Sunday 5th March
Bough Beech reservoir is blown by a westerly that brings unstoppable, grey stacks of white-frosted cloud across the bright sky. The wind strengthens before a sharp storm kills the light and drenches everything. Small dinghies at the far end of the water run for cover and birdwatchers on the narrow causeway to cars. The sun re-emerges, lights the water and warms the wet ground.
The reservoir water level is high and the woodlands half-drowned. Small numbers of tufted duck, pochard and a sleeping great crested grebe drift in the corner of the small north lake; under the trees on the reservoir side, pairs of shoveler and wigeon forage in and out of the tangle of branches. All are in pristine spring plumage; the wigeon regularly whistle.
One drowning, downpour leaves the causeway empty, a pair each of crows and magpies rush in to pick up spilt grain left for spoilt ducks, hurriedly shaking feathers, walking and bouncing across the small road to raid the horde; a rainy comic caper.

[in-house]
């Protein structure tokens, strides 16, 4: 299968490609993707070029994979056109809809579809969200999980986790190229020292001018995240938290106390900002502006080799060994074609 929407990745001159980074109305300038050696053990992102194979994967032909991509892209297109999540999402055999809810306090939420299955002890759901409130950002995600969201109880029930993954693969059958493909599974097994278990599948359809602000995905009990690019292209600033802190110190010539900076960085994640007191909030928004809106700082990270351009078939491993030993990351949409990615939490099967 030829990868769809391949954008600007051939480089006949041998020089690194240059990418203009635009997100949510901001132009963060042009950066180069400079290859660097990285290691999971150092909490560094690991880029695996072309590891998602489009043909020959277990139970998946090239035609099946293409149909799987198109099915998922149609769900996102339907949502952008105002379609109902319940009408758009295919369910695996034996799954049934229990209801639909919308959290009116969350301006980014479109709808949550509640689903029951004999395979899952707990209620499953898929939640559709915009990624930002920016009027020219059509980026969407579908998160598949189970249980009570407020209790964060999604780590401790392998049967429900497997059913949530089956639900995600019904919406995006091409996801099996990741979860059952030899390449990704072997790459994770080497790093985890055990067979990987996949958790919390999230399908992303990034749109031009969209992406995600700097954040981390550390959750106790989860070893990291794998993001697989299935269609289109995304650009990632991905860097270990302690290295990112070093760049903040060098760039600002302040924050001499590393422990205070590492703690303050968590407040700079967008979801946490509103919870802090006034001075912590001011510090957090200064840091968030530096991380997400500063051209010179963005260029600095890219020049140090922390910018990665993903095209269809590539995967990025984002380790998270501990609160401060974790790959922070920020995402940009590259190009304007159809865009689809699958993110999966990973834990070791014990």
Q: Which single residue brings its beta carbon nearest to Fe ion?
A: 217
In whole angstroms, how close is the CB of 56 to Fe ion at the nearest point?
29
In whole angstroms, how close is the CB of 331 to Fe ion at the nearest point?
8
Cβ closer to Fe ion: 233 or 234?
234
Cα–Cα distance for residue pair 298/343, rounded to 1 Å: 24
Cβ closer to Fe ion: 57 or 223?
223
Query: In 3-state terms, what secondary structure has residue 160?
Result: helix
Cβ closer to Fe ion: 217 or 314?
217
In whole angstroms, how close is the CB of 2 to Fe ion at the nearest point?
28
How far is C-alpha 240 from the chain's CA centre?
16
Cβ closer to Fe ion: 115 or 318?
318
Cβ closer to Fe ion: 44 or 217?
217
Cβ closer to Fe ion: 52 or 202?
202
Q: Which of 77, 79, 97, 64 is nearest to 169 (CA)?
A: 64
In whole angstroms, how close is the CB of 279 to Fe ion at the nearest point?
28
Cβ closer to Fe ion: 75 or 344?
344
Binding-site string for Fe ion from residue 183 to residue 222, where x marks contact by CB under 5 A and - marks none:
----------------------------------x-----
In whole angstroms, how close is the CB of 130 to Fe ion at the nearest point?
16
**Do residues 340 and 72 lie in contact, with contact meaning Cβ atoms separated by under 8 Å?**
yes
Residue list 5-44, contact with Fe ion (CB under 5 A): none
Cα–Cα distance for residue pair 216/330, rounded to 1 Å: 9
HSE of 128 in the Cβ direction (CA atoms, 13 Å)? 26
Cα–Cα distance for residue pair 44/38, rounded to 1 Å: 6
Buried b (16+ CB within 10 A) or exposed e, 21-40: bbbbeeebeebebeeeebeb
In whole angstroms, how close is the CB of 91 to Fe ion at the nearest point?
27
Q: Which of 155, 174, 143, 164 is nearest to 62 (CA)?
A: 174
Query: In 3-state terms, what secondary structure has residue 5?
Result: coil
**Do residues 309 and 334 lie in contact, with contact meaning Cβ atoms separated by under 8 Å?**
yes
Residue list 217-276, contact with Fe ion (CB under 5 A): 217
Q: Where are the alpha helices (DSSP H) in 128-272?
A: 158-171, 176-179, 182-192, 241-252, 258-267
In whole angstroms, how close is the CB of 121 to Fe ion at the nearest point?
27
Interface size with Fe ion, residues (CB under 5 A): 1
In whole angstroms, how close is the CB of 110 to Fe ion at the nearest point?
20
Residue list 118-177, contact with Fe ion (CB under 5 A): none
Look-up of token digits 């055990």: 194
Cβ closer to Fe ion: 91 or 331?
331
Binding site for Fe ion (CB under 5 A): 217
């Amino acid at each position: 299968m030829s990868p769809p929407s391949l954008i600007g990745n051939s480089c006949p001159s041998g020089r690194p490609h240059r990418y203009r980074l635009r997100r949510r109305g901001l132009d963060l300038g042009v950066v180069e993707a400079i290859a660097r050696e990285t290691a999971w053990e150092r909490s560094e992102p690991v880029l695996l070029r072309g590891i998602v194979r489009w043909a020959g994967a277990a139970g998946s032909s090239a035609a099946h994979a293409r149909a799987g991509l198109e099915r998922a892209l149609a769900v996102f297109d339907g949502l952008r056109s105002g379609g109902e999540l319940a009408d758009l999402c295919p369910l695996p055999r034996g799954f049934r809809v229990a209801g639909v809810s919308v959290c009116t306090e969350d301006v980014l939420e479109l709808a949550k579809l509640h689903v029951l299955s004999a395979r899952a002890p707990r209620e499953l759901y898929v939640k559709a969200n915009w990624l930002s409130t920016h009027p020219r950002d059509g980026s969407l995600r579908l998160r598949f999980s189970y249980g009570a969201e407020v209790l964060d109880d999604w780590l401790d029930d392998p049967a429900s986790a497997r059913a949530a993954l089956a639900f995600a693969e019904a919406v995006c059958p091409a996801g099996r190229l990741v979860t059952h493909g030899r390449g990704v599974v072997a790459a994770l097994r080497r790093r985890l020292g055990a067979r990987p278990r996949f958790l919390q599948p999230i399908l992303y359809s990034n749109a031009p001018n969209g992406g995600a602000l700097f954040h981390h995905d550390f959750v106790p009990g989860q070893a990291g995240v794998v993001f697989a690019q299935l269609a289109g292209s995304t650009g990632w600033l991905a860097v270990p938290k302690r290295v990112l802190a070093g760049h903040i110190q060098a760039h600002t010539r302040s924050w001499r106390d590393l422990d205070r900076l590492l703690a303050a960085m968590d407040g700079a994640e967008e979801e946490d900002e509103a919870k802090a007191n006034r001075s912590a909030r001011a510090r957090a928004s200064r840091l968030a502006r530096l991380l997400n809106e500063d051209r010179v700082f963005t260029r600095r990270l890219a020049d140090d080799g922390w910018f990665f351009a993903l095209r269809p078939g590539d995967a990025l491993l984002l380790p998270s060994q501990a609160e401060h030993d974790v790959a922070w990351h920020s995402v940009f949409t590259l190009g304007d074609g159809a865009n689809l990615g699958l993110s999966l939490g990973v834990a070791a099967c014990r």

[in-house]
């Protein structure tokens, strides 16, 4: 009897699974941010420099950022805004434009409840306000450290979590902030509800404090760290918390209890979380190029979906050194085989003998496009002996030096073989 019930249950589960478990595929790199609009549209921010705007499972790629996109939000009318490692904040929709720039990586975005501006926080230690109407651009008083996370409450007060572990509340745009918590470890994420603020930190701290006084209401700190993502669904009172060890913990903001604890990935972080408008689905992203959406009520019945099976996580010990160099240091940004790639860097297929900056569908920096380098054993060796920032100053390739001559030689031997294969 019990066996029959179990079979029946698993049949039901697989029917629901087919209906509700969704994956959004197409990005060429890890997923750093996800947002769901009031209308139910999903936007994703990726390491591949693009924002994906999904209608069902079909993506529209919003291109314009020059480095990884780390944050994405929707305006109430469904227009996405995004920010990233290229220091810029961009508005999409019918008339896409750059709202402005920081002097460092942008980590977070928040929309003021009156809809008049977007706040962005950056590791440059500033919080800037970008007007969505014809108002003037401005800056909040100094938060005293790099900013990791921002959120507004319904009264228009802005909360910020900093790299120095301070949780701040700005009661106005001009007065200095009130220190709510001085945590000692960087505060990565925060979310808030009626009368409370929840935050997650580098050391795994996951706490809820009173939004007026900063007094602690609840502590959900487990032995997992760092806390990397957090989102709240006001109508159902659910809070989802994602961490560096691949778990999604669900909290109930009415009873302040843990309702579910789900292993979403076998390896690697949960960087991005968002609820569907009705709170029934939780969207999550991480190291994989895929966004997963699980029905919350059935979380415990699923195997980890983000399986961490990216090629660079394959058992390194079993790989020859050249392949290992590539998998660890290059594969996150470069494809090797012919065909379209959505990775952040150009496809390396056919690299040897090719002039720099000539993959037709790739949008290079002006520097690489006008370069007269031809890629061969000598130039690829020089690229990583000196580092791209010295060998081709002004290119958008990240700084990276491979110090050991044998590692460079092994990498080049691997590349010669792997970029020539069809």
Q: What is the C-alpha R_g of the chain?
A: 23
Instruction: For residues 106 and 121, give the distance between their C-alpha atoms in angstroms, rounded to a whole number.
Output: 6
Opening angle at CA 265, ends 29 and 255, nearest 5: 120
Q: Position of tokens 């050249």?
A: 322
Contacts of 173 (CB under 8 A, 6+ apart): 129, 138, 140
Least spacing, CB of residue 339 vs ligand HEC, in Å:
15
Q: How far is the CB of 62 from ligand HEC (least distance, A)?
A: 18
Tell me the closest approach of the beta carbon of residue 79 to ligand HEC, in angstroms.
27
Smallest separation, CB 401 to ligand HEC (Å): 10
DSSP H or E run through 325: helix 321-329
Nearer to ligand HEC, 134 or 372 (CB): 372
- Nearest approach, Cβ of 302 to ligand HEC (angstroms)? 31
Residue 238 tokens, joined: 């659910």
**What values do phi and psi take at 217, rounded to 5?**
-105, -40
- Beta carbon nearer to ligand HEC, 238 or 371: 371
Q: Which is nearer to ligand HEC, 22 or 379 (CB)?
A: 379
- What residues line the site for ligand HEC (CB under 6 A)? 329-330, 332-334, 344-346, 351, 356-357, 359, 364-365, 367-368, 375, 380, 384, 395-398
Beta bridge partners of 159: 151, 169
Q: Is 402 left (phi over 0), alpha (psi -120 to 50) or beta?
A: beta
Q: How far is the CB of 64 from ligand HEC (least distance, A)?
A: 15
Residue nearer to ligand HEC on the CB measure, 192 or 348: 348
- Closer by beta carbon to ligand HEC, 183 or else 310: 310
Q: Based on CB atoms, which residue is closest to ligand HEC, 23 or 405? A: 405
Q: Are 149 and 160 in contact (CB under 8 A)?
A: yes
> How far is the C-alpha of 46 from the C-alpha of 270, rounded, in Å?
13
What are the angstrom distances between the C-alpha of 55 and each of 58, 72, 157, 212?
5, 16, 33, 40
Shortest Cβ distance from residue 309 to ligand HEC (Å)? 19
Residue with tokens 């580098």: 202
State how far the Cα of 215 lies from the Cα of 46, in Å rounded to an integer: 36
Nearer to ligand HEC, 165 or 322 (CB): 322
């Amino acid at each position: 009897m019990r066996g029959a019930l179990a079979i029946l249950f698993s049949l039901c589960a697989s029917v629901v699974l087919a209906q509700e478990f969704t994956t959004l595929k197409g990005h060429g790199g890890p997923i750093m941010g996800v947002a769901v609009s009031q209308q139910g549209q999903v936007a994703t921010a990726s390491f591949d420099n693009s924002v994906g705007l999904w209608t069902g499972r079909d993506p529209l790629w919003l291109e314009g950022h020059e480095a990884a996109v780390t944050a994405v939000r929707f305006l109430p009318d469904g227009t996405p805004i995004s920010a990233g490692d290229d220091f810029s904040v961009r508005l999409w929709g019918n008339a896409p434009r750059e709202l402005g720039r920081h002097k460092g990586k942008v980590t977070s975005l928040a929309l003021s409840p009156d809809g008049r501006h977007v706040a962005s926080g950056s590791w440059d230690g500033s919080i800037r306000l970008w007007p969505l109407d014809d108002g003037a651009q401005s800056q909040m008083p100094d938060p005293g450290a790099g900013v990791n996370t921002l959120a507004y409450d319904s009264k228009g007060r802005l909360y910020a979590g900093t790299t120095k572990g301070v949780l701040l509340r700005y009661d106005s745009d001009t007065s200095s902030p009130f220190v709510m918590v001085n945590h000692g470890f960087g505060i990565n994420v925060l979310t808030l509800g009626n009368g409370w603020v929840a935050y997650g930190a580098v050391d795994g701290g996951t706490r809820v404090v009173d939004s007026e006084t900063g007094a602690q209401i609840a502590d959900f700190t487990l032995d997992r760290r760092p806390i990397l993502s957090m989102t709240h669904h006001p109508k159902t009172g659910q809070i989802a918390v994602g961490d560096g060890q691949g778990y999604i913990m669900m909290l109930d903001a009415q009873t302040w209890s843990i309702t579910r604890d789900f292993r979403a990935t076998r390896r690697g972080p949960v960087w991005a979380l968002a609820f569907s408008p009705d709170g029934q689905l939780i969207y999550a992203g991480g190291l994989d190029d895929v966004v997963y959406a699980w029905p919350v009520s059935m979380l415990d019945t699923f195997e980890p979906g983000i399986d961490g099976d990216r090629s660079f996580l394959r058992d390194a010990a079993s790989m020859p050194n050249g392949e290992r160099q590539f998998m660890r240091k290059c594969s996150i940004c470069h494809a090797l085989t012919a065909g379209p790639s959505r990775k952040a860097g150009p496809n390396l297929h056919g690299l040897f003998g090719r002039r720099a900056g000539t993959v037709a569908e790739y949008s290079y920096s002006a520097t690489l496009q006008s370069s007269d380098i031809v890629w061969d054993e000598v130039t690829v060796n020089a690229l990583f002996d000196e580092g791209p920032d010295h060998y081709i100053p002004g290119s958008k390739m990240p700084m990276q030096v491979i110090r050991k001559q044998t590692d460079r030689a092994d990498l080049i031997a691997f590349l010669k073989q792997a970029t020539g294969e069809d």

After the storm, a perfect rainbow stands steady above the leafless oaks, bright against the deep grey cloud.
A siege of grey herons takes flight, hugging the trees before drifting up in formation, and hanging over the heronry before wiffling down to old nests and high perches. There is constant activity in and out of the ancient oakwood; some carry long twigs in their beaks and nest building or repairing appears to be in full swing.
A pair of buzzards circle and mew briefly before escaping the next deluge; a male sparrowhawk circles rapidly over the empty sky across water then woodland and away. More clouds threaten, denser and more interminable than before and see off all comers.
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Steve dear – I read your “notes” with great interest. – they take me back to when I used to take you across to Bough Beech when you were a lot younger – and so was I !,, with my love, Mother xxx